Table of ContentsOverviewIntroductionProving Ability to Detect Larger PopulationExperimental ProcedureResults and DiscussionTest for RepeatabilityLaser Diffraction for Process ControlConclusionsAbout Horiba
A large amount of research has been conducted exploring the use of nanoparticles composed of biopolymers as a drug delivery vehicle. Since the design goal for nanoparticles is in the range of 100 nm, much of the particle size analysis in this field has been done using dynamic light scattering (DLS). However, certain materials will feature larger particles that are outside the upper size range of DLS, but within the capability of laser diffraction. Here lies the unique value of a single analyzer, which can precisely measure particles both less than 100 nm and greater than several microns. This application note describes two experiments where laser diffraction was capable of determining both the base biopolymer nanoparticles and also larger particles outside of the range of DLS.
Biodegradable polymers are most commonly studied as potential carriers for controlled release formulations of active pharmaceutical ingredients (APIs). One common biopolymer used for drug delivery is polylactide. Poly(lactic acid) or polylactide (PLA) is a thermoplastic aliphatic polyester as shown in Figure 1 obtained from renewable resources, for e.g. corn starch. PLA used for drug delivery has been studied for several decades. PLA or PLA surface modified with polyethylene glycose (PEG) can be produced as nanoparticles in the range of 50 – 500 nm using a range of techniques.
Figure 1. Polylactic acid (PLA)
Proving Ability to Detect Larger Population
The first experiment was developed to confirm the ability of laser diffraction to measure both PLAPEG nanoparticles in the 100 nm range and spiked 1 µm latex spheres meant to model the presence of agglomerates. The particles that were used for this study were supplied by a potential customer who made the test particles using a double emulsion (W/O/W) method in a sonicator. Sample 1 comprises only the PLA-PEG nanoparticles. Sample 2 comprises the nanoparticles and a second population of several percent 1 µm (nominal) polystyrene latex particles. The particle size distribution analysis was done using a competitive DLS system and on the HORIBA LA-950 laser diffraction analyzer as shown in Figure 2.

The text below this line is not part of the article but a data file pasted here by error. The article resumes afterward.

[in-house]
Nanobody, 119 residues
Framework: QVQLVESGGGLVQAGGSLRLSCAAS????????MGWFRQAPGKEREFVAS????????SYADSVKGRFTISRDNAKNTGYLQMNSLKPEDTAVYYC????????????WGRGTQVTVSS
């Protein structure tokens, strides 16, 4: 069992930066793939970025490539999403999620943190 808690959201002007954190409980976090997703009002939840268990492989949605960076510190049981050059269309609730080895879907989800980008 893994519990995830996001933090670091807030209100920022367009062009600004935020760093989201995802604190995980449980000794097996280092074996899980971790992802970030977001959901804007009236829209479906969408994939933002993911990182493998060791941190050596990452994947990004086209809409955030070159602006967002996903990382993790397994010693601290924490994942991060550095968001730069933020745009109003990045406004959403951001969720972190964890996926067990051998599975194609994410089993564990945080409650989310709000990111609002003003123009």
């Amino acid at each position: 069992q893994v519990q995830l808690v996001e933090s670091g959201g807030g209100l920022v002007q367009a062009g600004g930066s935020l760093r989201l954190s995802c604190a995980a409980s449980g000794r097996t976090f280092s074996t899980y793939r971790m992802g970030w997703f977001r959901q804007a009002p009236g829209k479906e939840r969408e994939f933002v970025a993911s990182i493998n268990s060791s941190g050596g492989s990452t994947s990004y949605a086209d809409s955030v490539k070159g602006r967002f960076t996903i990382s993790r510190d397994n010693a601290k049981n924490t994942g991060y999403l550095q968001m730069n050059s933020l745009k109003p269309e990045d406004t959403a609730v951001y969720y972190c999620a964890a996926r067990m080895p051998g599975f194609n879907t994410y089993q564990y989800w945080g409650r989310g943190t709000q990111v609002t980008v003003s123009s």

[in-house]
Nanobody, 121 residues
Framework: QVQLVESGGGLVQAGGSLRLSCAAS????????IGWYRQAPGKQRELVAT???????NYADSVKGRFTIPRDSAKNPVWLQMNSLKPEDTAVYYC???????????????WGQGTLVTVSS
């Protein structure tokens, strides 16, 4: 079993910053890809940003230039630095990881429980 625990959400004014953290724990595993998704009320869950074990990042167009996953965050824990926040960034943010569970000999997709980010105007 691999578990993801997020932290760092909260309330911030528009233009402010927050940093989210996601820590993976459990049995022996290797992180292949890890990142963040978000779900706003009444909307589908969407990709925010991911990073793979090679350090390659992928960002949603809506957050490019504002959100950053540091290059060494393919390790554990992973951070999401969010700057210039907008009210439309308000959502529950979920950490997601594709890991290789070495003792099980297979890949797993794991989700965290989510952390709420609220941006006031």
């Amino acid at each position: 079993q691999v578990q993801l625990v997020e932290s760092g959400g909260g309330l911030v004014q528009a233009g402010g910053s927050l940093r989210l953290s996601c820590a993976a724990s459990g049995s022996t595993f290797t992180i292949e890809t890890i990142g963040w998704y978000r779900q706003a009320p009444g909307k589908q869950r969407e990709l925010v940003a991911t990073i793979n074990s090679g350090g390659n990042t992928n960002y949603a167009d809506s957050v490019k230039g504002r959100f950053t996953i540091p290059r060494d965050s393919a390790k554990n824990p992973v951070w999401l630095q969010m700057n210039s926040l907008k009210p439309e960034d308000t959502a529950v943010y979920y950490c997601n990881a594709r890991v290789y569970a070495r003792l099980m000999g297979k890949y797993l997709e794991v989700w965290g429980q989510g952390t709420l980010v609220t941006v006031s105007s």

Figure 2. HORIBA LA-950
Two LPA nanoparticle samples (1 and 2) were studied using both DLS and laser diffraction. The DLS measurements were done on a competitive system, so specific analysis procedures were not available to report. The samples were analyzed by laser diffraction using the HORIBA LA-950 system using the Fraction Cell accessory in order to minimize the amount of sample required for the measurement. The Fraction Cell is a distinct LA-950 accessory that minimizes the needed sample volume to less than 1 mg.
The samples were studied using the rapid and easy procedure detailed below:
- The Fraction Cell is filled with DI water
- The magnetic stirrer is activated
- The automatic system is aligned
- A background reading is taken
- The sample is pipetted directly into the fraction cell
- Desired concentration (%T) is measured
- The measurement is done three times and COV is calculated
Results and Discussion
The results from studying the samples 1 and 2 using DLS reported as intensity distributions are shown in the Figures 3 and 4.
Figure 3. DLS results for sample 1
Figure 4. DLS results for sample 2
The peak of the nanoparticles alone as shown in Figure 3 is centered at 143 nm. When the 1 µm PSL particles are added the reported bimodal distribution seen in Figure 4 shows two peaks centered at 160 nm and 465 nm. Both of these peaks are not in the right position. The vendor and the customer tried in vain to optimize the algorithm to properly split the distributions. The results for the two similar samples studied by laser diffraction are shown in the Figures 5 and 6.